At least some sets of several things ordained to some one thing are sets of things one of which must rule the others.

But clearly this does not license an assumption that the corresponding universal affirmative proposition, our

All sets of several things ordained to some one thing are sets of things one of which must rule the others.

is also true, for while it is consistent with the universal affirmative proposition, it is also consistent with the particular negative proposition that

At least some sets of several things ordained to some one thing are not sets of things one of which must rule the others.

Aquinas’s observations present us, not with compelling evidence of the truth of the universal affirmative proposition, but with instantiations of the particular affirmative proposition.

5. I am claiming, however, not just that Aquinas has not made his major premise evident, but that it is false. So let us observe first that if

All sets of several things ordained to some one thing are sets of things one of which must rule the others.

is true, then

All sets of two things ordained to some one thing are sets of things one of which must rule the others.

has to be true.

6. One such set would be:

The set of two parents, William and Ruth, both of whom are, in their very being, committed to, ordered to, and, in other words, ordained to the health and happiness of some one child, their favorite child, Richard.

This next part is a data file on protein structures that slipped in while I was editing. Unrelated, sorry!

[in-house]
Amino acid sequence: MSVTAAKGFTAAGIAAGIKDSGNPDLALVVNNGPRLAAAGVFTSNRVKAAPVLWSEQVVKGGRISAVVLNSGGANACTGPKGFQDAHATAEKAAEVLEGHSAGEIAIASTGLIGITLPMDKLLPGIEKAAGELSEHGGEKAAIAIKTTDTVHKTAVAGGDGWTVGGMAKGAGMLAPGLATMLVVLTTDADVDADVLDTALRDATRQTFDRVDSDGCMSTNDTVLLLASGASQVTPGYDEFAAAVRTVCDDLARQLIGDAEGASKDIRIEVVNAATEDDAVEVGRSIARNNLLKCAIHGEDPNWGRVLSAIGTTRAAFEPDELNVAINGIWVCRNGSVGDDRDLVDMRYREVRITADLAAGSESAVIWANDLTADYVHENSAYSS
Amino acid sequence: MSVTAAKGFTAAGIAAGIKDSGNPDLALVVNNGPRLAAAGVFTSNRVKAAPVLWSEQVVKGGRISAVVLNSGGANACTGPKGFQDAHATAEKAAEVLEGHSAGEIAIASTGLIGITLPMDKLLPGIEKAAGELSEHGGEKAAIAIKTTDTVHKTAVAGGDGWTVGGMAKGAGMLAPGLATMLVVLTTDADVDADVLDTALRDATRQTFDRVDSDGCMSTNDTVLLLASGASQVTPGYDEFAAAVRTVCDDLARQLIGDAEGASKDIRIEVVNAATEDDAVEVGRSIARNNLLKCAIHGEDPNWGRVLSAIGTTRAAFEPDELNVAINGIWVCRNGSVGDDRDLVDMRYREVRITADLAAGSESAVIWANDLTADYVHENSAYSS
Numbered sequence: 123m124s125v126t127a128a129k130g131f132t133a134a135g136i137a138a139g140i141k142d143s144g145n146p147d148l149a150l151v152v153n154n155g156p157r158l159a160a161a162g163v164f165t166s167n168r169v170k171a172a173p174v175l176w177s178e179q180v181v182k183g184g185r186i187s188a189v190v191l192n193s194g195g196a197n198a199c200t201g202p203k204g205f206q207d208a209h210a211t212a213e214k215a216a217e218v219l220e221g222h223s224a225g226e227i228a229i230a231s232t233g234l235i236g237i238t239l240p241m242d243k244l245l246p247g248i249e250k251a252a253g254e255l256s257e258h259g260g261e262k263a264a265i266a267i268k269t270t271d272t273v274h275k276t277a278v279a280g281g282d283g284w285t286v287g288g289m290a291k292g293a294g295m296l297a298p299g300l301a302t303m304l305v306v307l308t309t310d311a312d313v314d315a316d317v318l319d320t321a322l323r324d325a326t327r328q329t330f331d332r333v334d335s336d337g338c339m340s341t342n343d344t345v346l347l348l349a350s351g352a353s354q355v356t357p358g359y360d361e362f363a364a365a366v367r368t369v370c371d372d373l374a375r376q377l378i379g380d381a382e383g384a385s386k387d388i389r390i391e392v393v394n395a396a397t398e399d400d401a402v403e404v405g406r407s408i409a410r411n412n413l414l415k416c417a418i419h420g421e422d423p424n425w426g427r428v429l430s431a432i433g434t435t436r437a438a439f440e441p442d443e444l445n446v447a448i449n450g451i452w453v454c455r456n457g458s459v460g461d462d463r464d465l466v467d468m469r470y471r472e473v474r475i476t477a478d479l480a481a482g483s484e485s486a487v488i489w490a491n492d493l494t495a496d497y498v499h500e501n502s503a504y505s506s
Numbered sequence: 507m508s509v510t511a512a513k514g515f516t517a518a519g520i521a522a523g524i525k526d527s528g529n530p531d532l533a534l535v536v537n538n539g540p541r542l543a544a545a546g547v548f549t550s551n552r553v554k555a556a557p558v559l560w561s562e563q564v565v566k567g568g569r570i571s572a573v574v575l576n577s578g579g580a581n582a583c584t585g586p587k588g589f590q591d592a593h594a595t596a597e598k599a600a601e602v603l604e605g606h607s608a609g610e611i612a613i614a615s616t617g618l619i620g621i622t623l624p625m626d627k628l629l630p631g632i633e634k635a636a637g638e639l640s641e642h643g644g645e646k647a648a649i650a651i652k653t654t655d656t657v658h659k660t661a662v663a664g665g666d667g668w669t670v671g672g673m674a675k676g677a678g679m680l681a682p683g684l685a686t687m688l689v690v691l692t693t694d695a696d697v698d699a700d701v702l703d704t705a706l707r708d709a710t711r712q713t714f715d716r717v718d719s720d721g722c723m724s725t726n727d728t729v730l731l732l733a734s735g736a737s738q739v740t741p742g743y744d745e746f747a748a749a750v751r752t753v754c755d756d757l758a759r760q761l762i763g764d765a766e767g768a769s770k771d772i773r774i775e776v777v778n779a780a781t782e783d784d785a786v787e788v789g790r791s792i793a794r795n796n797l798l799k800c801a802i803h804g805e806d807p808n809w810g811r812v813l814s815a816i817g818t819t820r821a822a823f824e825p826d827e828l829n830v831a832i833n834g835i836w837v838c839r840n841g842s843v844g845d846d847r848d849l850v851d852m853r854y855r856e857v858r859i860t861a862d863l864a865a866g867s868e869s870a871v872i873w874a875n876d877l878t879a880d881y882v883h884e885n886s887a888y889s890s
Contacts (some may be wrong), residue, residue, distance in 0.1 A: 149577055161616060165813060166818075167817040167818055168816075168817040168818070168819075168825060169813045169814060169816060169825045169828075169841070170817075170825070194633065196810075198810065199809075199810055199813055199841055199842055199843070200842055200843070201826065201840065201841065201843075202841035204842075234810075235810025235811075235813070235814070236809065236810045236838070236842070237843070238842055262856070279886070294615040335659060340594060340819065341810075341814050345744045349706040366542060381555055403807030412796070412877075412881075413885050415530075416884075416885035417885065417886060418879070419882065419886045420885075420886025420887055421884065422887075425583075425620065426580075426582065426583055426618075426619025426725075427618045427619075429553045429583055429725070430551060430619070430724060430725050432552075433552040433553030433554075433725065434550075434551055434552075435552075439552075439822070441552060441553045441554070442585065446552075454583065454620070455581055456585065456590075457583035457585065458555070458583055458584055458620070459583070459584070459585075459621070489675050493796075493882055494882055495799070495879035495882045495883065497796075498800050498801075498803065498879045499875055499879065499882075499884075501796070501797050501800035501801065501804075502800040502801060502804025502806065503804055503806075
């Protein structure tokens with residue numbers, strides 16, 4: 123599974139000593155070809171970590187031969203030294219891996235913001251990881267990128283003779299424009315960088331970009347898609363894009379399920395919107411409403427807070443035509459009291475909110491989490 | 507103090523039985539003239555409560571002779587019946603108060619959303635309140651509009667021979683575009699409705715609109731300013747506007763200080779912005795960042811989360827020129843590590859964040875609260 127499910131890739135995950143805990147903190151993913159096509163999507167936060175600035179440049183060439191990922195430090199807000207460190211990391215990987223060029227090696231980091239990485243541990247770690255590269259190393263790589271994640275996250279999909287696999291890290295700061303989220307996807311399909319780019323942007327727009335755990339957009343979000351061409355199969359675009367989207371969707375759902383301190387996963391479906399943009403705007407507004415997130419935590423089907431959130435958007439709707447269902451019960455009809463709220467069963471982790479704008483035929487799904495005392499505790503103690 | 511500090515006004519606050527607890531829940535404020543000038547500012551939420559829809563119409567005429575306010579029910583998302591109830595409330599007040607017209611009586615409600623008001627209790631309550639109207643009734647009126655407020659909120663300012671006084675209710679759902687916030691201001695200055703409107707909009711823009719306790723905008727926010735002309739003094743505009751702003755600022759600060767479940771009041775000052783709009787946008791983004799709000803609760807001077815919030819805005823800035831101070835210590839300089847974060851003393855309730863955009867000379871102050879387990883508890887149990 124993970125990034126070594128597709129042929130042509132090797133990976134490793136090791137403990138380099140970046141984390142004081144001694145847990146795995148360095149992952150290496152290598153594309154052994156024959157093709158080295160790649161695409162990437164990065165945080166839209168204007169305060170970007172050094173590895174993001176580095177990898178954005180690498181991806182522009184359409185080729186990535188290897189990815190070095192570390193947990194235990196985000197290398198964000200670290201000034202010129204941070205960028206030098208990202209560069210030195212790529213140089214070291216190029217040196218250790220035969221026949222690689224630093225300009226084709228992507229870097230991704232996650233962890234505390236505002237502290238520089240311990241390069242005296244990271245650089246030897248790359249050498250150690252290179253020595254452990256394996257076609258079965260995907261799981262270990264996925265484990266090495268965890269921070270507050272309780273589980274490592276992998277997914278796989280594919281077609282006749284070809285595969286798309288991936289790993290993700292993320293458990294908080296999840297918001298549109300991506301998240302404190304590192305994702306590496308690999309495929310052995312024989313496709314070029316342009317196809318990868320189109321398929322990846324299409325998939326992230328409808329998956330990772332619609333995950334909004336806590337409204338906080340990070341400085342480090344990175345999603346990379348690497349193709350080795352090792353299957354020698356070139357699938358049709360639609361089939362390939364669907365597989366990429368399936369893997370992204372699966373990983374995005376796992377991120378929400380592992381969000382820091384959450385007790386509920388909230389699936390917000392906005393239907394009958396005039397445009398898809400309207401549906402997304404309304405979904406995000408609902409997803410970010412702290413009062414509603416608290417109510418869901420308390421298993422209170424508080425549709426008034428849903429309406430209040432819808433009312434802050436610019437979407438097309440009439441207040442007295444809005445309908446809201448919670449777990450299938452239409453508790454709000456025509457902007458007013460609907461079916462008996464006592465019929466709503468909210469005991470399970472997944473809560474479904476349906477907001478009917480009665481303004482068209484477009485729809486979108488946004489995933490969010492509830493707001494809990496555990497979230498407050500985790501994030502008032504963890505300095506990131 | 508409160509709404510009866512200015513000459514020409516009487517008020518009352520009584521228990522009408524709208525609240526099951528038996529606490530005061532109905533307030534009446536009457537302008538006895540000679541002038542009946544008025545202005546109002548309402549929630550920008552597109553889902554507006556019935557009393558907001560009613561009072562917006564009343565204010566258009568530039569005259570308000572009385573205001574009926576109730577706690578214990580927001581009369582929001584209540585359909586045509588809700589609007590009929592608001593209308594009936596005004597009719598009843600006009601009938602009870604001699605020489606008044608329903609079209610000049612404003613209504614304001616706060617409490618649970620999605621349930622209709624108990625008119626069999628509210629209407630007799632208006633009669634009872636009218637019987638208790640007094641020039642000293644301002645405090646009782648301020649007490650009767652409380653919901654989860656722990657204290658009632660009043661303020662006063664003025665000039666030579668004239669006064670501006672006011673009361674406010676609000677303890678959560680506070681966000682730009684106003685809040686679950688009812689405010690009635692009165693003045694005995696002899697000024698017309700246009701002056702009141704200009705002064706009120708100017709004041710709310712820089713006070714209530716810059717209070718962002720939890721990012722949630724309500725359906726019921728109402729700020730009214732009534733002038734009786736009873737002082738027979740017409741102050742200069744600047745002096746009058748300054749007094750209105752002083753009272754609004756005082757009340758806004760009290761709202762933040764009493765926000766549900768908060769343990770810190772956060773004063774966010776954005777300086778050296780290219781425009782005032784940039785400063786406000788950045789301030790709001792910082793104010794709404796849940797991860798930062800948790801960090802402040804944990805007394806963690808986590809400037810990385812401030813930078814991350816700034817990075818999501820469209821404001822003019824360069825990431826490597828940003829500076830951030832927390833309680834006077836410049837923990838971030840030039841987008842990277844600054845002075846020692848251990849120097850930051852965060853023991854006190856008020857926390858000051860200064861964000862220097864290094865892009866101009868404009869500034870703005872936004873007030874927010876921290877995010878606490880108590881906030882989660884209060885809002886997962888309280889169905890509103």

Aristotle’s principle would have it, then, that, pruning and regimenting things a bit,

The set of two parents, William and Ruth, ordained to the health and happiness of Richard, is a set of parents one of which must rule the other.

or

The set of two parents, William and Ruth, ordained to the health and happiness of Richard, is a set of parents for whom it must be the case that either William rules Ruth or Ruth rules William.

But, given the two propositions “William rules Ruth” and “Ruth rules William,” there are in fact four logical possibilities at hand here.

1. William rules Ruth and Ruth rules William.
2. William rules Ruth and Ruth does not rule William.
3. William does not rule Ruth and Ruth rules William.
4. William does not rule Ruth and Ruth does not rule William.

Now the propositions “William rules Ruth” and “Ruth rules William” are logical contraries. That is, they cannot both be true. This eliminates the first of the four logical possibilities. Here, I assume, Aristotle, Aquinas, and I are, and have to be, in agreement. It has further to be granted that the second and third possibilities are real possibilities; we all know marriages similar to the one and others similar to the other. And the second and third possibilities are the possibilities that Aristotle’s principle admits. Here again Aristotle, Aquinas, and I are, and have to be, in agreement.

But, though the two contrary propositions cannot both be true, they can both be false. It is at least logically possible, then, for it to be false that William rules Ruth and false that Ruth rules William. In other words, it is at least logically possible that William does not rule Ruth and Ruth does not rule William, that theirs is a marriage of equals, if only in their devotion to Richard. This Aristotle’s principle implies the opposite of. And so Aristotle’s principle must be false.

7. What, other than that the argument at hand is unsound, can we conclude from the foregoing? One thing we cannot conclude is that the fact that the argument is not sound means that its conclusion, that

The set of the sciences is a set of things one of which must rule the others.

is not true. It is perfectly possible for an argument that is not sound to yet have a conclusion that is perfectly true; indeed, an argument that is not even valid may yet have a conclusion that is perfectly true. The conclusion at hand, then, may well be true. And in fact I am inclined to believe that, properly understood, it is.